Imidacloprid Precautions?

Discussion in 'HortForum' started by Junglekeeper, Oct 8, 2006.

  1. Junglekeeper

    Junglekeeper Esteemed Contributor 10 Years

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    According to a 1994 USDA document, "Imidacloprid is a systemic and contact insecticide exhibiting low mammalian toxicity, with primary activity on sucking insects...".

    What precautions, if any, should be taken when dealing with plants that have been treated with imidacloprid? I'm thinking of the case of ornamental plants that are edible and can potentially be consumed. For example, a containerized citrus tree. Are there any concerns with eating either existing or newly formed fruits?
     
  2. tennessee gardener

    tennessee gardener Member

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    I used this on my crape myrtles this year because I read somewhere in a web article that Imidacloprid will not harm bees that suck on the nectar of the flower. It seems a fine distinction to me that sucking on the leaves kills but the flowers won't, but I tried it anyway. The thing is, I didn't have anywhere near the number of bees around my myrtles this year as in the past. I hope this isn't because I killed them all. That said, there are numerous "systemic" products out there - pesticide and fungicide- that list instructions about how to use them on food crops and trees. This must mean that they are ok to use in principle. The product I used, Bayer Systemic Tree and Shrub control lists apple and pear trees as safe to treat. No citrus trees were on the list. I don't know why. By the way Imidacloprid is the active ingredient in Premise which is what my bug man uses to treat my house against termites.
     
  3. Junglekeeper

    Junglekeeper Esteemed Contributor 10 Years

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    Thanks for sharing your thoughts. Articles on the web convey some concern over the use of this product, including its negative effect on honey bees as you noted. Have a look at this article: Imidacloprid and Honey Bees. Just to be on the safe side I would never use a systemic on edible plants but I wonder about the plants at the store that are labelled as having been previously treated.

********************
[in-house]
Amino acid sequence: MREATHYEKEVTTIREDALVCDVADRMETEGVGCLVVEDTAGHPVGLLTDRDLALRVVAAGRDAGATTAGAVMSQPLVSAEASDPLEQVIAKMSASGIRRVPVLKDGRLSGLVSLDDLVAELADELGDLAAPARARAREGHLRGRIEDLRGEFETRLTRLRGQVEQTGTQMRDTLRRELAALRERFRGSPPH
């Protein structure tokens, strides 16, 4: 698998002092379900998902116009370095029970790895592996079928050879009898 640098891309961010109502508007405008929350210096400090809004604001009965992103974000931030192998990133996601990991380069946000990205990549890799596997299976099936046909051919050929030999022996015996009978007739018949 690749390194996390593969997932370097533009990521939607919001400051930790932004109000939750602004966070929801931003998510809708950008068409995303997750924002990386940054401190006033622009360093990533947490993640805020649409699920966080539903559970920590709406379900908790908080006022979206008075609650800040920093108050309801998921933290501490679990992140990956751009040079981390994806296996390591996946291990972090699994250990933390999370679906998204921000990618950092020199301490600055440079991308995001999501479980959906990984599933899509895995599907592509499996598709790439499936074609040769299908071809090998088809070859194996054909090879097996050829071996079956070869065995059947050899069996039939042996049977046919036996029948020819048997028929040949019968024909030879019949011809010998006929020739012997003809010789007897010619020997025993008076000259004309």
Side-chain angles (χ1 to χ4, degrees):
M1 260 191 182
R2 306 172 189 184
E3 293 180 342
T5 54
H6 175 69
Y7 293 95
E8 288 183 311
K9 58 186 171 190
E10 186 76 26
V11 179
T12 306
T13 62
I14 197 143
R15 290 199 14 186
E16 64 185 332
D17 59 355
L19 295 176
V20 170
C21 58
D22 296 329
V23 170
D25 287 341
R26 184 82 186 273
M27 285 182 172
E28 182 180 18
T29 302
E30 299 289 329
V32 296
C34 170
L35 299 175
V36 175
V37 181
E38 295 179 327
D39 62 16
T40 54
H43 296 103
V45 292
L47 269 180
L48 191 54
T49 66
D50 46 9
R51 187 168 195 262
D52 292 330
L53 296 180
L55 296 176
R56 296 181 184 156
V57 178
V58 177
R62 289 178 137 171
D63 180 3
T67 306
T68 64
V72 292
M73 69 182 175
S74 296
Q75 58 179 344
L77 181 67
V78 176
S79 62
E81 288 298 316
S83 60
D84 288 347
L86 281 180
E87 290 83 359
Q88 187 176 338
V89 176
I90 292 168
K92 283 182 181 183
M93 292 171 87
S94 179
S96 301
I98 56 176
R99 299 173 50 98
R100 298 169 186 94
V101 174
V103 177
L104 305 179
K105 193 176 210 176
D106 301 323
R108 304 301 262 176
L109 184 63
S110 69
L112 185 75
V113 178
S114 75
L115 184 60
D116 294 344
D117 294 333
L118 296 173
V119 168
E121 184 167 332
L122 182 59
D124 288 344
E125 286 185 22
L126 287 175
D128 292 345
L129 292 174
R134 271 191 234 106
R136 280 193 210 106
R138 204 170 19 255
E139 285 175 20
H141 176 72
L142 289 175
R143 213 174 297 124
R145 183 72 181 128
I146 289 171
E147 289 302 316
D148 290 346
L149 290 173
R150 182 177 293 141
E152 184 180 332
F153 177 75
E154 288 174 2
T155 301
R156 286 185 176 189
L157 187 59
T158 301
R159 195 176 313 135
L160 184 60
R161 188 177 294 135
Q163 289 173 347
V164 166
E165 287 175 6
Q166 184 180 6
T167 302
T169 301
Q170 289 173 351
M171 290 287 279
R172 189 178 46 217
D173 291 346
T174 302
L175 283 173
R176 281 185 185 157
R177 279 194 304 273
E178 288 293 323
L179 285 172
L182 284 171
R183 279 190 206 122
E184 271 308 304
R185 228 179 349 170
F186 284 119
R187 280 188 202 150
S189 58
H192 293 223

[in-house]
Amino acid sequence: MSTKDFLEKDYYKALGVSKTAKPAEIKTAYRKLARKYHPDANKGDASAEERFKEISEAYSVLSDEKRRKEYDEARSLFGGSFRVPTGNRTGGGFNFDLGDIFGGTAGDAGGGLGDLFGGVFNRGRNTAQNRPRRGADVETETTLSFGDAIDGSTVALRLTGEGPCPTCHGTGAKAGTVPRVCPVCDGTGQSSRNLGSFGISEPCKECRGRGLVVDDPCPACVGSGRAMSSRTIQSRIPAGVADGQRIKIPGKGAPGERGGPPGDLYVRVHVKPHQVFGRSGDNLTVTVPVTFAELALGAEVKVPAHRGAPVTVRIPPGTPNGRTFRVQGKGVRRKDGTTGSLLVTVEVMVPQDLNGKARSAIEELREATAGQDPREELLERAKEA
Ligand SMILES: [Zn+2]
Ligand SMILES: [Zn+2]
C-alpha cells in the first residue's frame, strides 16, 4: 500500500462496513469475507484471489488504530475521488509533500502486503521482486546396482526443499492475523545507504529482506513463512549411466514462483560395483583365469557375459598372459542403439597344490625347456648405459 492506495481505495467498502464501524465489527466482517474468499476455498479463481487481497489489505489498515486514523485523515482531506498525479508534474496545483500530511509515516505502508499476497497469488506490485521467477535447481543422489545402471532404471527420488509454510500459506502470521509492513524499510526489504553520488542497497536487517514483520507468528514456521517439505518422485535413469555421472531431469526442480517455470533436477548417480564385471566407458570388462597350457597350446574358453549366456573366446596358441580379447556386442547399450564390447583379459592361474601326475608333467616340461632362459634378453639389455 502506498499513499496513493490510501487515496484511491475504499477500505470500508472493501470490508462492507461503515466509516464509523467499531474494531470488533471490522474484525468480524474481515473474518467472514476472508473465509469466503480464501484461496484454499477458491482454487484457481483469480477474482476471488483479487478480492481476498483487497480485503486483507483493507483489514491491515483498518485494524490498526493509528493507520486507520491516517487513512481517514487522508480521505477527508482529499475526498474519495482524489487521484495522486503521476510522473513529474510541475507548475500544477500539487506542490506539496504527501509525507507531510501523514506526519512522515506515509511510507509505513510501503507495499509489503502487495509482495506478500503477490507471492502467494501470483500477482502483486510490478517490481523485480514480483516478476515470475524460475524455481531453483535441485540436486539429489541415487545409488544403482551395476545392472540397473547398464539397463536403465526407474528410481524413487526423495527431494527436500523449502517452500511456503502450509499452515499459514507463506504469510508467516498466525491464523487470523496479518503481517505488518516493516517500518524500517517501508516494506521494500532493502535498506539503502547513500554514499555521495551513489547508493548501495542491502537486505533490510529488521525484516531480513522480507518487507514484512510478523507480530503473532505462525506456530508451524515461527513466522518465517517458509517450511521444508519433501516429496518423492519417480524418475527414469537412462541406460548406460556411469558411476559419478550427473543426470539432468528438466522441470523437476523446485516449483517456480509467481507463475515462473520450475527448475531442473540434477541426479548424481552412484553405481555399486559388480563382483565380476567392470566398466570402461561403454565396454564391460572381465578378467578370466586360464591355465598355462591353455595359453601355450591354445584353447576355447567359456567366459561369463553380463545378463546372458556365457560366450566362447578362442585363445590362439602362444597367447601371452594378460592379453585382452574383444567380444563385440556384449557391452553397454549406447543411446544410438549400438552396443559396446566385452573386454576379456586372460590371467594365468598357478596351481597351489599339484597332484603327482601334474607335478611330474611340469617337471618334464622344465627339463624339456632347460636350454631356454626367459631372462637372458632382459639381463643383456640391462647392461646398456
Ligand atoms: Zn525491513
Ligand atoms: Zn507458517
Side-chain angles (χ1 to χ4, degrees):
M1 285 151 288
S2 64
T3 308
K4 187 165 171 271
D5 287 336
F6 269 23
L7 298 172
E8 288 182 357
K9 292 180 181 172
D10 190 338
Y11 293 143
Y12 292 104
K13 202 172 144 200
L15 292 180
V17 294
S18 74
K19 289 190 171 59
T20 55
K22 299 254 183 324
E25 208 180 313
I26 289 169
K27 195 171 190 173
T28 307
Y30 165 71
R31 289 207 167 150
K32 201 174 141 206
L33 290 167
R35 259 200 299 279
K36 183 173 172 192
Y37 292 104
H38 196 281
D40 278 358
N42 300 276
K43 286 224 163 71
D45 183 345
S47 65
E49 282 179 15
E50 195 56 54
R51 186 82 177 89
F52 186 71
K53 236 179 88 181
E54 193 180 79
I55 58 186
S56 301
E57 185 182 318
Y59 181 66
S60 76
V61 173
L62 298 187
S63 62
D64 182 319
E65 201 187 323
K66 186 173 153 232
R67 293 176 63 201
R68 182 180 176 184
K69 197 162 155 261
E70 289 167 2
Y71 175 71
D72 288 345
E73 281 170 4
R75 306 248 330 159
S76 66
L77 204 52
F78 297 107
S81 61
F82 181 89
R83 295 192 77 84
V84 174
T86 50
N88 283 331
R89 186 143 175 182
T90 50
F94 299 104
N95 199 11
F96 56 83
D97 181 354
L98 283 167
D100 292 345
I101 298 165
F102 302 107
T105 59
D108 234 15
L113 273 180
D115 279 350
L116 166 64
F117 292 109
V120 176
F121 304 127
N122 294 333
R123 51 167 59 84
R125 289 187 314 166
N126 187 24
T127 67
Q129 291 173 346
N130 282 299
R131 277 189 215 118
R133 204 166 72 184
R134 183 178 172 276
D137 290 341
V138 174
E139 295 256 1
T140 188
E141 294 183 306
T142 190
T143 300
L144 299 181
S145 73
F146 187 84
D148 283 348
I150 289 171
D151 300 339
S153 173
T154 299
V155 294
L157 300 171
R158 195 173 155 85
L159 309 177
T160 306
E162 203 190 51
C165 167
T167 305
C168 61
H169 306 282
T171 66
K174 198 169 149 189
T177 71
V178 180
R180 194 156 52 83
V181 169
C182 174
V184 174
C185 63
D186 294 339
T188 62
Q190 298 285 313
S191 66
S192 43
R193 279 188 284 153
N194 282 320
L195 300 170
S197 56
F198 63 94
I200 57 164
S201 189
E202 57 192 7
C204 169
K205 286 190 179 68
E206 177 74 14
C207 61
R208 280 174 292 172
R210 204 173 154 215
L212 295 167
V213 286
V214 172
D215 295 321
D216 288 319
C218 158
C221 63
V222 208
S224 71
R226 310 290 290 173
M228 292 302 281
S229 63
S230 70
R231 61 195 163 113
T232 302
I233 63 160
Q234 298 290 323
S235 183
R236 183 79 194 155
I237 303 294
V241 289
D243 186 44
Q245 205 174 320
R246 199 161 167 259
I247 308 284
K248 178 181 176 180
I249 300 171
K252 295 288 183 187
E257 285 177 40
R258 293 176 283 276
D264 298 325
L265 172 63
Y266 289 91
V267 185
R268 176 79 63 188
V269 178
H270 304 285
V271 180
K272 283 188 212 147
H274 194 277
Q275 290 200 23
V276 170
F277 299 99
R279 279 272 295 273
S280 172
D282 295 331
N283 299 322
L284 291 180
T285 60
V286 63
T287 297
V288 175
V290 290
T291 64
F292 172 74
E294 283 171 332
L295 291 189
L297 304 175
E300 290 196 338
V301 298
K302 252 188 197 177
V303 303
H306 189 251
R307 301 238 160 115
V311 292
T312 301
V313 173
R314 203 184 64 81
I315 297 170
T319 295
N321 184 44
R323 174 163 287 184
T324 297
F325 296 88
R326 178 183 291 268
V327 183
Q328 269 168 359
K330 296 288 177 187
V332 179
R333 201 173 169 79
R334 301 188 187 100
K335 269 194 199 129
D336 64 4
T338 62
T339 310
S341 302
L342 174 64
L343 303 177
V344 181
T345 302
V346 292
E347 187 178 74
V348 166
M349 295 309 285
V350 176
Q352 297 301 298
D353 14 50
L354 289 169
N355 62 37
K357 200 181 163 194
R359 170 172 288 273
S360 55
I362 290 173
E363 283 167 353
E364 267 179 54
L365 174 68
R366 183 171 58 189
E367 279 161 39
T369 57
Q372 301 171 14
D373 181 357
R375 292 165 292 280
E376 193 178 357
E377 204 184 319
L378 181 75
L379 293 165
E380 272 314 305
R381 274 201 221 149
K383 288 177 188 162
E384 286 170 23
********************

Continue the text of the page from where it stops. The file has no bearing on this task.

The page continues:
4. tennessee gardener

    tennessee gardener Member

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    Your site on imidacloprid was very interesting. I surfed around on it for a while but could not find what I was looking for. Perhaps you know this info. It seems like most of the beekeeper complaints had to do with direct exposure to the bees by spraying or runoff. The product I use on my myrtle trees, I pour directly into the soil at the base of the trees. I am careful that there be no runoff. The bees don't eat eat the myrtle leaves or bark so they can't get contaminated by imidacloprid through the sap. Is there imidacloprid in the nectar of the myrtle flowers that gets there systemically? One of the articles on your site said tests found imidacloprid in 21 percent of vegetables. Was the imidacloprid IN the vegetables or ON them? Are WE eating imidacloprid? Bayer says imidacloprid can be used on apple trees. Has anyone ever tested the apples themselves?
     
  5. Junglekeeper

    Junglekeeper Esteemed Contributor 10 Years

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    Just to clarify, I am in no way affiliated with that site - the link was quoted in this thread in another forum.
    I cannot really answer your questions as I'm no expert on this product (which explains why I'm posing my question here). However, the information on this page at that site specifically mentions nectar and pollen so I'll direct you there for the answer. Also, a quick search pulled up this document in which it states:
     
  6. GreenGoose

    GreenGoose Active Member

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  7. Junglekeeper

    Junglekeeper Esteemed Contributor 10 Years

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    The documents at this site are quite technical but I may be able to glean something from them. Thanks.
     
  8. tennessee gardener

    tennessee gardener Member

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    If imidacloprid stays in the soil and the plant is supposed to absorb the chemical from the soil via the plant roots then why are subsequent applications necessary? Why not wait for the chemical to break down or at least re-apply proportionally less in subsequent years to maintain a steady amount in the soil?
     

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